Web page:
I did some continuity and isolation testing on the keyboard pins and I found that pin 12 (peripheral detect) is tied to pin 7 (gnd), which is consistent with the documentation. I also found there to be about 344kOhms between pins 7 (& 12) and pin 14. Additionally, pin 13 (CTS) is tied directly to pin 9 (Vin). During the handshake, the palm pilot should look for CTS to go high, indicating that the palm pilot should be ready to receive data. Since the keyboard leaves CTS as always-high, it isn't actually needed in the handshake procedure... we can just assume it's always high. 

    Now, to wire this up to the TinyPICO. Most of the GPIOs can be used, but I tried to avoid any pins that were shared by the USB port or any pins that were unpredictable at startup. 

    TinyPICO
    Pin
    NamePPK Pin
    4Power Enable7 (via 3904 transistor)
    *see schematic
    22Detect12
    25Hot Sync5
    26RTS14
    27RxD10
  • 2
    Circuit Board, Wiring, and Soldering

    I used 30 AWG solid core wiring for each of the signal connections, but 22 AWG stranded wire for the battery connections and power distribution. The TinyPICO has pads ready to go for a JST battery connector, but it faces the same direction as the USB, and since I overlapped the TinyPICO and the battery, there wasn't enough space to solder the JST connector directly to the board. Also, I wanted to include a power switch on the device between the TinyPICO and the battery. I soldered the JST connector to the TinyPICO interface with a couple inches of wire in between. 

    In the above picture, the 3904 is directly underneath the TinyPICO - I ended up relocating it after this picture was taken. There isn't enough space under the TinyPICO to fit much more than the resistor. 

    A note about the PCB: The thickness of my single-sided copper clad was 1.35mm, which was slightly too thick to fit underneath the flexible metal retaining hooks on the keyboard. I had to flip the board over and scrape away some of the fiberglass with an XActo knife. I'd estimate at least 0.3mm was removed. 

    Just give the board a couple of fit checks before you start soldering to it. 

    Tuck the wires over the top and around the back of the PCB as closely as you can. There isn't much clearance between the solder points and the 3D printed cover (installed later).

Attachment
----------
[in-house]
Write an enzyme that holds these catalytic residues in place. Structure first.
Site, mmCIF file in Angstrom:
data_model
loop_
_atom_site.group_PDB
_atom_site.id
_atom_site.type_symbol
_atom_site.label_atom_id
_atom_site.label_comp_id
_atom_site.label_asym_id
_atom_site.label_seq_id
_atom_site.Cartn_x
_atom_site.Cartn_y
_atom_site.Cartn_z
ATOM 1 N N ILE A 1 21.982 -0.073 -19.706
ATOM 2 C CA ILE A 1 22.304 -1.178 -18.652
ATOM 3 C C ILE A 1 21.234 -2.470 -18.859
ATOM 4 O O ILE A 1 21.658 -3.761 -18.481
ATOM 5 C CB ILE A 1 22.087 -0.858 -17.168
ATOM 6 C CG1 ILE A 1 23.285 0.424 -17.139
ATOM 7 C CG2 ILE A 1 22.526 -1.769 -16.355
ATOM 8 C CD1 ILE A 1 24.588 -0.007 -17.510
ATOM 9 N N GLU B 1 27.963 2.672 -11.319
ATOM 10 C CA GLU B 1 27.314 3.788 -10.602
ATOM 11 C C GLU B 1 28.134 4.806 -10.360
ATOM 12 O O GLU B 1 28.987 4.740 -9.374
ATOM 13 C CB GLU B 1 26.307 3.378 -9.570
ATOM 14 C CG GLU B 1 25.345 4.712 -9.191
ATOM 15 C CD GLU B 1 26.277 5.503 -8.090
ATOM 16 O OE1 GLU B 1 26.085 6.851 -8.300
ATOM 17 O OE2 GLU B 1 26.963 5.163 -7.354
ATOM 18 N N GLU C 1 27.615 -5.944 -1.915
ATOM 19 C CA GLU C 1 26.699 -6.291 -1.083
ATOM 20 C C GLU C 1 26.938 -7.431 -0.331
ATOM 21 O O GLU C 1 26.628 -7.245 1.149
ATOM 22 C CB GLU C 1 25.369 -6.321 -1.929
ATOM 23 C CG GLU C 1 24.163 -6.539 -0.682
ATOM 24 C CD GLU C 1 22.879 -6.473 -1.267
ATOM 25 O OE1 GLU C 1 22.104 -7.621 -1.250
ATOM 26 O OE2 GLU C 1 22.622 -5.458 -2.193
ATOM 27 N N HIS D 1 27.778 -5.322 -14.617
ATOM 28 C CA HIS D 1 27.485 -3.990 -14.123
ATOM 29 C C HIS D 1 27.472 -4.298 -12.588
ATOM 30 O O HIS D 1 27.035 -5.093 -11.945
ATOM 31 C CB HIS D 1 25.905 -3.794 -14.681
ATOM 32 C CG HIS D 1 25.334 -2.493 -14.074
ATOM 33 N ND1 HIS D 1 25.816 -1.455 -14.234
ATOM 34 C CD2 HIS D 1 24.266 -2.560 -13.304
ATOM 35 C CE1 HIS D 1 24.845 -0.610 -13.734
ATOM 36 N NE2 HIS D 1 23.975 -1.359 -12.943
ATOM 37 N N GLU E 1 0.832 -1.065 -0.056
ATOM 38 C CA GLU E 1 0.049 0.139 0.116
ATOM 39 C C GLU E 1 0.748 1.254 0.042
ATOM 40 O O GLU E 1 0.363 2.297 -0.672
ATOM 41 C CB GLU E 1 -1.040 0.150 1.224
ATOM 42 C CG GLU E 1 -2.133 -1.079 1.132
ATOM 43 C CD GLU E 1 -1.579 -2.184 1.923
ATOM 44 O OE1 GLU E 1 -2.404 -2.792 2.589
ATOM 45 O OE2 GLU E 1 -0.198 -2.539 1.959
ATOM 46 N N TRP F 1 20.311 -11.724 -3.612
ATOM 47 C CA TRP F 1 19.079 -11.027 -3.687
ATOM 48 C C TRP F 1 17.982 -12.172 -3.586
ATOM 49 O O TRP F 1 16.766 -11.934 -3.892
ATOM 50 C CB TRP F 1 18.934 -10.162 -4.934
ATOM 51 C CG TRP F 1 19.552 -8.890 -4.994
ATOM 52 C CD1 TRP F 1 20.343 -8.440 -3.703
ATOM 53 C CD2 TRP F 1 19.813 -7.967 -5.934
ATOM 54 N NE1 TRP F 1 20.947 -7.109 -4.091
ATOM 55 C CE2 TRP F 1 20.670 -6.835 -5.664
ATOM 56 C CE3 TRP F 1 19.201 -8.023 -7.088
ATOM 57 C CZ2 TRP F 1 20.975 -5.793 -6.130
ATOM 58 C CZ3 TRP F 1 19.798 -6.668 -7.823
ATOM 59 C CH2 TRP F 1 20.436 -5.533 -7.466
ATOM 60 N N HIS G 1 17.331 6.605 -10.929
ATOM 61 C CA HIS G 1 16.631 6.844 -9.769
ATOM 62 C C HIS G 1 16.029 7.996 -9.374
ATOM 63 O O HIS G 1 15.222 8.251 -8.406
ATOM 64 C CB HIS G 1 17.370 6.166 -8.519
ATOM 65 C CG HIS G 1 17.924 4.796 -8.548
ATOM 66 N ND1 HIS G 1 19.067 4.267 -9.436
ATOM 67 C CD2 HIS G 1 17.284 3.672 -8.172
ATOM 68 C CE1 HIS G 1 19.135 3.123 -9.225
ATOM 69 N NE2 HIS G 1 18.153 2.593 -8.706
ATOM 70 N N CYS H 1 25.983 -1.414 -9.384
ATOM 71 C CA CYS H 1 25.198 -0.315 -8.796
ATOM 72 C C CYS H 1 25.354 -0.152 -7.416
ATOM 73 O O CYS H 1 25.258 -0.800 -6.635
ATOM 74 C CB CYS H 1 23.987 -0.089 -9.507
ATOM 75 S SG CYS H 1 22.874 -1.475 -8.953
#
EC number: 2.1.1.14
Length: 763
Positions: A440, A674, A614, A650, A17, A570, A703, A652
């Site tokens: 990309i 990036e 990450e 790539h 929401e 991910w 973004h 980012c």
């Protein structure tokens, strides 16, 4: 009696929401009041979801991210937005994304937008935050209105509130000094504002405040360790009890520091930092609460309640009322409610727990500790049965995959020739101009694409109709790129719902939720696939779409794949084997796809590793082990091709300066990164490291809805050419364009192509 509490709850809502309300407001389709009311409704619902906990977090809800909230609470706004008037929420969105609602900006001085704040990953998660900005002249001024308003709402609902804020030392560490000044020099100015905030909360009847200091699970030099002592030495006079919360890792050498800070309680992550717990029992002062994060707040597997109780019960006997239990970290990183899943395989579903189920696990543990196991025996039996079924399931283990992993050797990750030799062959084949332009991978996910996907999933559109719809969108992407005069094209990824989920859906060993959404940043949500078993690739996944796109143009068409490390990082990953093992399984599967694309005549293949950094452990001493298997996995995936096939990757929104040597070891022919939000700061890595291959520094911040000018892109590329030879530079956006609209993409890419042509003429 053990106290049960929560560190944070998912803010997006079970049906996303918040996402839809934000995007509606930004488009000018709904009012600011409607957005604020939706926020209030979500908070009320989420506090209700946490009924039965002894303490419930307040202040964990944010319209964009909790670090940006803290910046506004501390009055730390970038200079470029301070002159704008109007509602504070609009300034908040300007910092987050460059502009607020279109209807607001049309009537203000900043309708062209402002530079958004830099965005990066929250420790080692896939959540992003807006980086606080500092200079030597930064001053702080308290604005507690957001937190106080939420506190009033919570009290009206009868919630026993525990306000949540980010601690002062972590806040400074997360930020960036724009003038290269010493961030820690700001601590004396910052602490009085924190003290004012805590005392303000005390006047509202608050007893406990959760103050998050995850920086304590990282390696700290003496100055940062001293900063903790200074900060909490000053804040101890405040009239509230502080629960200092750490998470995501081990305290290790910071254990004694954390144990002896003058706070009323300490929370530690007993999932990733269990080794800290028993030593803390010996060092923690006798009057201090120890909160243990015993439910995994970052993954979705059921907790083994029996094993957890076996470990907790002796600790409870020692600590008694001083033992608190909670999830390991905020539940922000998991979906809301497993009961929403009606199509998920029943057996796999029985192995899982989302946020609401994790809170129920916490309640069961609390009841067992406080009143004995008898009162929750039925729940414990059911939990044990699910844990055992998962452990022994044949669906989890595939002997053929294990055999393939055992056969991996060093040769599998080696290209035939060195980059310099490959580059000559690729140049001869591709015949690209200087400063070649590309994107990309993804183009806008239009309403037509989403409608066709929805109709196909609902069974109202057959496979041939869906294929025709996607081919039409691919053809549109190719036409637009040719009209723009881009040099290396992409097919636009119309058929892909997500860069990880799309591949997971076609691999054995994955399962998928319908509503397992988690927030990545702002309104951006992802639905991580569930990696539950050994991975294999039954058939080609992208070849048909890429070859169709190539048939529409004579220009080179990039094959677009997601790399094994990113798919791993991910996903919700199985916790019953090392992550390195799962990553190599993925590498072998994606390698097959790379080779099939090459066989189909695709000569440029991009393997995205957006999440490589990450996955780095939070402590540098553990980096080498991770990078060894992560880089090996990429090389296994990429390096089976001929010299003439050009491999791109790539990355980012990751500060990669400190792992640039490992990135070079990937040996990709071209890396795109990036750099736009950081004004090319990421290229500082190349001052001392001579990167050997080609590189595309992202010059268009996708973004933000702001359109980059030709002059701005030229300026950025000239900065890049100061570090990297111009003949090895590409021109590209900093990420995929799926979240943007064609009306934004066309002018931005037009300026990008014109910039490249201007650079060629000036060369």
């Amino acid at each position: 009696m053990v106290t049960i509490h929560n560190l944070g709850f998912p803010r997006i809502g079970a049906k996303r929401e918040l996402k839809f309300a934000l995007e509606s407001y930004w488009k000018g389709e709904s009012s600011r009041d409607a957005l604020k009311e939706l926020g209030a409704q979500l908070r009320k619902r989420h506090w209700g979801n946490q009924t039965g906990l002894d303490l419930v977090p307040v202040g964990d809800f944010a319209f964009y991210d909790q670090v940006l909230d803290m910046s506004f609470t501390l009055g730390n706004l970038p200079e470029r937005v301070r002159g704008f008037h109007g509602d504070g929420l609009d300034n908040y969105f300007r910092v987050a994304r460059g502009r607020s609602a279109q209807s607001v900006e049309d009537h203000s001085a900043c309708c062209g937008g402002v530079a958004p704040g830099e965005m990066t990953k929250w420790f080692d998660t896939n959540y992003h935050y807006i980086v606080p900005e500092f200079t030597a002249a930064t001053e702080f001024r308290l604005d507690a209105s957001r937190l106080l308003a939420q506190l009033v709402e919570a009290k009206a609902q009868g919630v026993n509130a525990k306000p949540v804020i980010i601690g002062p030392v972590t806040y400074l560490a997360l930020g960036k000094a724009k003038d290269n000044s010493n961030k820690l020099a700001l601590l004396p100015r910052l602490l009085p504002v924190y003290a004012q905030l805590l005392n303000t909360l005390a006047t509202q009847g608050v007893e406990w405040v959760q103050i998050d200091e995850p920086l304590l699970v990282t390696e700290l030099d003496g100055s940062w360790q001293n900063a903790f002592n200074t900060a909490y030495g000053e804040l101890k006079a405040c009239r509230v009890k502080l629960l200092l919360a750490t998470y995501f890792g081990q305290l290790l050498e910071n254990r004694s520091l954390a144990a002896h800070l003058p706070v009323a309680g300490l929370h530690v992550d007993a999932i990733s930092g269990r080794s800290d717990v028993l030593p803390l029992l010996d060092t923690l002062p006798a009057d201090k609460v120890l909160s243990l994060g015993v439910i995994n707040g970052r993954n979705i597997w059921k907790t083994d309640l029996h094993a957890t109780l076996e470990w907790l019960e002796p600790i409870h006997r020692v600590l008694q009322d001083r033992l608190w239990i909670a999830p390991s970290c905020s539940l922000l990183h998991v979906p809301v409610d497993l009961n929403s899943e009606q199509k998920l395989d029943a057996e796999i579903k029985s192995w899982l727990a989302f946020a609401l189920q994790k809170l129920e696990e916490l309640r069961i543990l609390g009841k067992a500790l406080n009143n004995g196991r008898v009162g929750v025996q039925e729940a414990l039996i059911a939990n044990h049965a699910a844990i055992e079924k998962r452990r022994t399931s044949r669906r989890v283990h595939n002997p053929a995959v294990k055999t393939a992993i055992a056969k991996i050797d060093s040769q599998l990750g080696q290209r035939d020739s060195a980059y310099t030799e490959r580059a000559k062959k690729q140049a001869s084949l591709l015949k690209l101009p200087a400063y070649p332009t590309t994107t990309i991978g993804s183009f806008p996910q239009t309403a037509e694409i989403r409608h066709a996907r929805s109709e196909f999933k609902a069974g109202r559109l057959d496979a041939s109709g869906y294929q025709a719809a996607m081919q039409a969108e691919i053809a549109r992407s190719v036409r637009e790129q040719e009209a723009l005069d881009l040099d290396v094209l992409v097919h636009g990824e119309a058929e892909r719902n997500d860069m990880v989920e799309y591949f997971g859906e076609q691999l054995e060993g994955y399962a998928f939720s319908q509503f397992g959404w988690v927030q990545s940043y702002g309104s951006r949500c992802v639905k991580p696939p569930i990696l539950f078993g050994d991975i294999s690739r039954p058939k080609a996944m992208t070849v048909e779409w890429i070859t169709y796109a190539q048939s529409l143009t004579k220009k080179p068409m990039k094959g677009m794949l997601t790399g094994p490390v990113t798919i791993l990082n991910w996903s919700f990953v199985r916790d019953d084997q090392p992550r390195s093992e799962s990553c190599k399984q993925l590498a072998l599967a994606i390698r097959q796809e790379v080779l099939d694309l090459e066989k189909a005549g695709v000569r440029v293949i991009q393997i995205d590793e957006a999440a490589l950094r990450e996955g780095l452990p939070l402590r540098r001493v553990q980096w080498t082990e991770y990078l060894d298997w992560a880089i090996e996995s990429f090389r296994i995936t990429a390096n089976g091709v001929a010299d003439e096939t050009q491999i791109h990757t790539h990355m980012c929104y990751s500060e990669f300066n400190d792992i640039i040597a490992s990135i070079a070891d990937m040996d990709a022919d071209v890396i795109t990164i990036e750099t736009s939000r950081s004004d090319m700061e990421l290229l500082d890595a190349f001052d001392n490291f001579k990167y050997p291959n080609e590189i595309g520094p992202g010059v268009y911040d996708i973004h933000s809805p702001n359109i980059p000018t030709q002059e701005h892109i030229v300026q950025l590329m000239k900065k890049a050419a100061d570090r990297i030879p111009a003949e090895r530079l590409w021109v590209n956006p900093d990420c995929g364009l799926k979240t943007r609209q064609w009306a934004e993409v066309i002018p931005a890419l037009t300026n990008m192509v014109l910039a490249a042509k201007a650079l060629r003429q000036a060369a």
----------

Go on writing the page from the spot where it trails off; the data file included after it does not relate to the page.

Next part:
There's a boss on the 3D printed cover that will press down on top of the big, main chip on the TinyPICO, so make sure you route the 10k pulldown resistor AROUND the chip and NOT OVER it. 

  • 3
    Mechanical Assembly

    I used a soldering iron to press the brass inserts into the 8  threaded interfaces on the 3D printed "frame" (4 inserts each side). 

    Pop the switch and the TinyPICO into place and tidy up the wires. Insert the battery from the bottom side of the bracket. Make sure the switch is in the OFF position, and plug in the JST connector. 

    Install the rear cover. 

    Flip the assembly back over and tuck the wires into the channels as best you can. Set the M2 hex nuts into their respective slots.  

    Hold the circuit board roughly in place and slide the enclosure lid (the lid half WITHOUT THE RIBS) down over everything. This lid will sandwich the circuit board in place. Carefully insert the 2x M2x10 button head screws through the cover and the circuit board, and into the pre-placed nuts inside the frame. 

    Most standard socket head screws will not fit in this location. Standard M2 socket head screws stick out too far and will prevent you from installing the module. Trust me, I tried: 

    :-(

    The last step is to slide in the other half of the lid sideways, being careful not to pinch any of the wires. The thicker half of the case needs M3x10mm screws. The thinner half takes M3x5mm screws. 

    Et Voila.